How to build a star fleet for your business


Cost management, safety and carbon reduction will be key goals for fleet managers in the year ahead, with ‘connected vehicles’ and eye-catching new models helping them to achieve those aims, say experts

Optimism prevails in most discussions about the state of the fleet sector in Britain. But, say the experts, while the consensus might be that the darkest days of recession are gone, any business operating company cars or vans needs to remain vigilant regarding cost management, carbon emissions and legislative changes.

Furthermore, the importance of sourcing the right fleet of vehicles – whether leased, rented or purchased outright – under an appropriate contract for their needs remains imperative.

Gerry Keaney, chief executive of the British Vehicle Rental and Leasing Association (BVRLA), which represents the interests of the £20bn sector nationally, describes the state of the market: “The industry performed well in 2013, with an increase in fleet sizes across nearly all sectors. A growing economy, rising confidence levels and a strong new and used car market point to a promising year ahead – but there will still be major challenges to overcome.”

The past year has also witnessed important changes for businesses with fleets. Chief among these were legislation requiring publicly listed companies to report their carbon dioxide emissions for the first time and the requirement of Vehicle Certification Agency (VCA) approval for certain van modifications.

Demanding times
GE Capital – one of the world’s largest suppliers of vehicle leasing and fleet management services – surveys 250 senior industry professionals on a quarterly basis to assess what is happening within the fleet sector. Its first survey of 2014 found that running costs, safety and fuel prices are the three main concerns for company directors – followed closely by taxation and their vehicles’ environmental impact.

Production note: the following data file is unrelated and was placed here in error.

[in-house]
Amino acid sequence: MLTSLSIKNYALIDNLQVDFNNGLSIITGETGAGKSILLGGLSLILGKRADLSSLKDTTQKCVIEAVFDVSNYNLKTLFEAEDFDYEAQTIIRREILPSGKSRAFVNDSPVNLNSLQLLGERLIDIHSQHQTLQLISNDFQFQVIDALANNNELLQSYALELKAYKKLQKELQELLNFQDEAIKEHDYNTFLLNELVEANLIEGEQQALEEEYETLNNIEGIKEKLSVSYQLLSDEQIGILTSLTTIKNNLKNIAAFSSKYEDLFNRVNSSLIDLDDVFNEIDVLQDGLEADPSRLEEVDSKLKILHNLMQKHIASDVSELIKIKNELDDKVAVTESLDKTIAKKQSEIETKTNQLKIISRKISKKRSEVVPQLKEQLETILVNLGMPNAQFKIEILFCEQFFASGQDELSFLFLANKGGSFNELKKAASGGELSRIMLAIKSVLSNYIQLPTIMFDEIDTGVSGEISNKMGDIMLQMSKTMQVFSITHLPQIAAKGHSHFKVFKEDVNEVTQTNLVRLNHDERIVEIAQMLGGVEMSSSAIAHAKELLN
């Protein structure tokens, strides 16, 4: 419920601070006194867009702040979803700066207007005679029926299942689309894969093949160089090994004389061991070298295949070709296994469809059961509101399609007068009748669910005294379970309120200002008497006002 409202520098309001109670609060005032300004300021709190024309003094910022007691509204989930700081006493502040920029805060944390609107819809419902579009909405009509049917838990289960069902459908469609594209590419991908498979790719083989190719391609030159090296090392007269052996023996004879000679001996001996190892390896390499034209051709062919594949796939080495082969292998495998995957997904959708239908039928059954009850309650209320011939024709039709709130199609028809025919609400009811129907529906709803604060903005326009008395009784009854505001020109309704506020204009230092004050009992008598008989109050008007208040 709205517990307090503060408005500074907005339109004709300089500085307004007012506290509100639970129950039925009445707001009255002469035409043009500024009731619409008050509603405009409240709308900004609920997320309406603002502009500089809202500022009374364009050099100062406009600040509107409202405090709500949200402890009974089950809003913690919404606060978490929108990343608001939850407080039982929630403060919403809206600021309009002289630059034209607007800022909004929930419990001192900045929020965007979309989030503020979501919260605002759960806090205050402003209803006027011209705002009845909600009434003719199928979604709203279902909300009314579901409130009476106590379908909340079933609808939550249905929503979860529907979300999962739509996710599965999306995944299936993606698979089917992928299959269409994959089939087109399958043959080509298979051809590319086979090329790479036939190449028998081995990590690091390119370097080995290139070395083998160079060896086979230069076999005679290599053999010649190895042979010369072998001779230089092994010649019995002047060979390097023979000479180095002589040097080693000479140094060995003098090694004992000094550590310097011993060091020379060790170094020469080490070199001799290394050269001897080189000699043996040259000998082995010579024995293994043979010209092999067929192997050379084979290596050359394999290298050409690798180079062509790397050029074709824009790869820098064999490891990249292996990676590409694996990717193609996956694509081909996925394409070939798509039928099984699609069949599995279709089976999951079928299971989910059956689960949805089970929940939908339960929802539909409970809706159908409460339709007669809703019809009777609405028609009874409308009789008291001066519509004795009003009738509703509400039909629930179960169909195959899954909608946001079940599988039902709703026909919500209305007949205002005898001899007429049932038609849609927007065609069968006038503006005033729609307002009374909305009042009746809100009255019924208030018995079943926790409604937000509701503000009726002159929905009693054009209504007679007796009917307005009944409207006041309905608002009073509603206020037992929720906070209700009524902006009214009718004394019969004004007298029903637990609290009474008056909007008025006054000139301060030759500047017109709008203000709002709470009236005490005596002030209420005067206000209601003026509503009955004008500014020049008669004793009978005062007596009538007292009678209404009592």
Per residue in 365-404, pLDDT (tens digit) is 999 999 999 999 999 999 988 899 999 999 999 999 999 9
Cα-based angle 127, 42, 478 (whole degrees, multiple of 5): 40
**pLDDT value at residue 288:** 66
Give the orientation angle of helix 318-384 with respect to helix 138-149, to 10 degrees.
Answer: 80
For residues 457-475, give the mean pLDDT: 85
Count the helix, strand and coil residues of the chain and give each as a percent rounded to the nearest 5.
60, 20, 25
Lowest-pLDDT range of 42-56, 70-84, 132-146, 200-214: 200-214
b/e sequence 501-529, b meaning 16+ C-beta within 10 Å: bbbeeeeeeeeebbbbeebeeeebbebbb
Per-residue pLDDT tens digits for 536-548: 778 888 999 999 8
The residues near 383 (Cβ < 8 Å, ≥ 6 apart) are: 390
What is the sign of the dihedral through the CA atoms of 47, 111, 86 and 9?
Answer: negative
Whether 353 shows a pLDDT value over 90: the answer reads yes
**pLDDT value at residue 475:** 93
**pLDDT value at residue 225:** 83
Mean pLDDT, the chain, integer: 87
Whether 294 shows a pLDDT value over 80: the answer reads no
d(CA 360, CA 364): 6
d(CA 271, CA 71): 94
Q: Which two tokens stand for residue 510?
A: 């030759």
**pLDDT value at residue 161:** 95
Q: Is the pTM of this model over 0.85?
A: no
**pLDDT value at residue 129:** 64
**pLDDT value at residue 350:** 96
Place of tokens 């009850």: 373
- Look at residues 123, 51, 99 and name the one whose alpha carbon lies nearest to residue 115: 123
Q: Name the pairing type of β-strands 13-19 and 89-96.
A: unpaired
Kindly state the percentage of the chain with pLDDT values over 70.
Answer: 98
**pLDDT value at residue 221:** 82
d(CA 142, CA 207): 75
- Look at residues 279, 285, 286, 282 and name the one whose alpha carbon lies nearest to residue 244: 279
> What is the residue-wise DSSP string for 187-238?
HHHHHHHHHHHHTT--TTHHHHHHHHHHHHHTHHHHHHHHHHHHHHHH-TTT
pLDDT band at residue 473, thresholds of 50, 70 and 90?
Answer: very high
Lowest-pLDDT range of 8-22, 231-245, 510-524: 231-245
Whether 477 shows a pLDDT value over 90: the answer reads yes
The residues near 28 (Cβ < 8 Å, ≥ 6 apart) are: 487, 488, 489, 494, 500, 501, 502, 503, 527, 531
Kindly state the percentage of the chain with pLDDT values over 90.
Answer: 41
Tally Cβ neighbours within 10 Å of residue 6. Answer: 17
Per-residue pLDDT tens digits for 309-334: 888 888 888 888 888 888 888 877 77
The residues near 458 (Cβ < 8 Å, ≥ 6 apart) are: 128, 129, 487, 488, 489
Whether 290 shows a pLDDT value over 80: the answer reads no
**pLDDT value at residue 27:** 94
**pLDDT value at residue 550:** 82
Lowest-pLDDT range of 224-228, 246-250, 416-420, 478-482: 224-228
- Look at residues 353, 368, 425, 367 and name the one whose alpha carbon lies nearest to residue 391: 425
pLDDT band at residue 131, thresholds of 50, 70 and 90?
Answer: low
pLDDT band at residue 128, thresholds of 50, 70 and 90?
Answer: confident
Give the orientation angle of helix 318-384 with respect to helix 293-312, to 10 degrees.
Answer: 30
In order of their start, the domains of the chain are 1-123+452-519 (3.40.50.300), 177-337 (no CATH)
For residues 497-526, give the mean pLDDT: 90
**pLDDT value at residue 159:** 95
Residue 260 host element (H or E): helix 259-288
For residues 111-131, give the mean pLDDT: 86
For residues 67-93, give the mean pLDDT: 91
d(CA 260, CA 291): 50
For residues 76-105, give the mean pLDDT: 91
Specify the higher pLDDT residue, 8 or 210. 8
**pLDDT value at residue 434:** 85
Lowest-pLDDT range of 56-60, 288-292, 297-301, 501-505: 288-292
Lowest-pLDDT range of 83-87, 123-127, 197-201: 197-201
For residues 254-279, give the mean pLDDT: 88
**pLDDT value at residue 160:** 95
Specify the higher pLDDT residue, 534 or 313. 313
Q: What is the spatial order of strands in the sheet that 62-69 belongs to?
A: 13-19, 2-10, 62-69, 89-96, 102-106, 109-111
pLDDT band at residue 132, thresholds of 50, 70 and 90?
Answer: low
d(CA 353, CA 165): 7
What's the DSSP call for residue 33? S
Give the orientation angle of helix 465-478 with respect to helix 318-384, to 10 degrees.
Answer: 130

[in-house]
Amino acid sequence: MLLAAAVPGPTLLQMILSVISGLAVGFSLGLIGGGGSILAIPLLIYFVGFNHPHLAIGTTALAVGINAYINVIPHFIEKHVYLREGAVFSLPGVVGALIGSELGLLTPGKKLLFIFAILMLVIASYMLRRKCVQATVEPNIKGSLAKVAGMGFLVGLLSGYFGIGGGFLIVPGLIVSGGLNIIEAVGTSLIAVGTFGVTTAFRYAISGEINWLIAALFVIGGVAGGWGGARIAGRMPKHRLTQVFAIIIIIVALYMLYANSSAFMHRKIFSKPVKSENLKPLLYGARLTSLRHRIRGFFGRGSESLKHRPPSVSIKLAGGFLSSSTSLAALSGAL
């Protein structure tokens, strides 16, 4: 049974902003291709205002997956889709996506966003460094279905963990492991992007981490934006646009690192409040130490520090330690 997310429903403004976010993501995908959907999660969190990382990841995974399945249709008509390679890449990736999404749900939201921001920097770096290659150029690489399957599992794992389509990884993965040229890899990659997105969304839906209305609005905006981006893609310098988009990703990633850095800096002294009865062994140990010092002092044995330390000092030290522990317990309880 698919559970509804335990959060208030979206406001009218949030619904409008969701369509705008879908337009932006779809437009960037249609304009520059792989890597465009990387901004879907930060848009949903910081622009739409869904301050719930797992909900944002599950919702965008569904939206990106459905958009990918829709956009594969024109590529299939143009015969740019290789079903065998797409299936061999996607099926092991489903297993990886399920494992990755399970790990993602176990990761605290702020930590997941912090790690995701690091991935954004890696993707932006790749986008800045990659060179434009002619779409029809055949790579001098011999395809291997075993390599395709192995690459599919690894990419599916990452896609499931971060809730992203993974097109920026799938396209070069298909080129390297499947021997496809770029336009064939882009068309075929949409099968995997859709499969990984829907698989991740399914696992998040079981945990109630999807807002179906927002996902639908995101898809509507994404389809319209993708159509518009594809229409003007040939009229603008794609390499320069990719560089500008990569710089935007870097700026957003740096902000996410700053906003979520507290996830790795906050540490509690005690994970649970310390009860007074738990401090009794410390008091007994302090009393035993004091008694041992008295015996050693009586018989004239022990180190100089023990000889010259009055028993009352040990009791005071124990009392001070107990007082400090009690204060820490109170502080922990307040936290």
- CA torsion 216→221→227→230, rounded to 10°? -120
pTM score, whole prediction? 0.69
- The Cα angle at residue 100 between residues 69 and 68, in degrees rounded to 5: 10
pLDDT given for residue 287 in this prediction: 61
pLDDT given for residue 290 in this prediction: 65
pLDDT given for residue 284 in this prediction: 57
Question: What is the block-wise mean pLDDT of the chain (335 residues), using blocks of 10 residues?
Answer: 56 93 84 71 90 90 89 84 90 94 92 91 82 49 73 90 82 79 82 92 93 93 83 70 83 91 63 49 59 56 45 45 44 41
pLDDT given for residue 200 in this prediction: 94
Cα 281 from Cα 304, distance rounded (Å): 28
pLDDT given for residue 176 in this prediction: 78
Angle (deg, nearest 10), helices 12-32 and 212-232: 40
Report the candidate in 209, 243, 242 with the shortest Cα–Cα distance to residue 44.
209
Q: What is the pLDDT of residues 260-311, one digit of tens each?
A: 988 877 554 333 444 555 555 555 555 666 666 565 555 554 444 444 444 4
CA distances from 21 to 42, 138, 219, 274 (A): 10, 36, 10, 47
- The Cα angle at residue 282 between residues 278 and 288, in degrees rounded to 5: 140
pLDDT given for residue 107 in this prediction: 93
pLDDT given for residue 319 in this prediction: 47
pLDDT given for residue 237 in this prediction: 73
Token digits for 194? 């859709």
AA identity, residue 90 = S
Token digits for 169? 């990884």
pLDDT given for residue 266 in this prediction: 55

When those professionals were asked how they see demand for company cars changing over the next year, 30 per cent said they expected the size of their fleet to increase while 60 per cent said it would be unchanged – the remaining 10 per cent stated that the size would decrease.

Gary Killeen, fleet services commercial leader at GE Capital UK, explains: “The 30 per cent predicted growth for company cars is among the highest response that we have recorded in more than four years and underlines that there is a growing level of general economic confidence.

“However, it is important not to overstate this trend. More than half of fleets foresee no change while one in 10 believes that there will be a reduction in fleet size. Any recovery that is under way is likely to be very patchy and growth is likely to be erratic, too. Running costs, fuel, safety, taxation and the environment also dominate the results.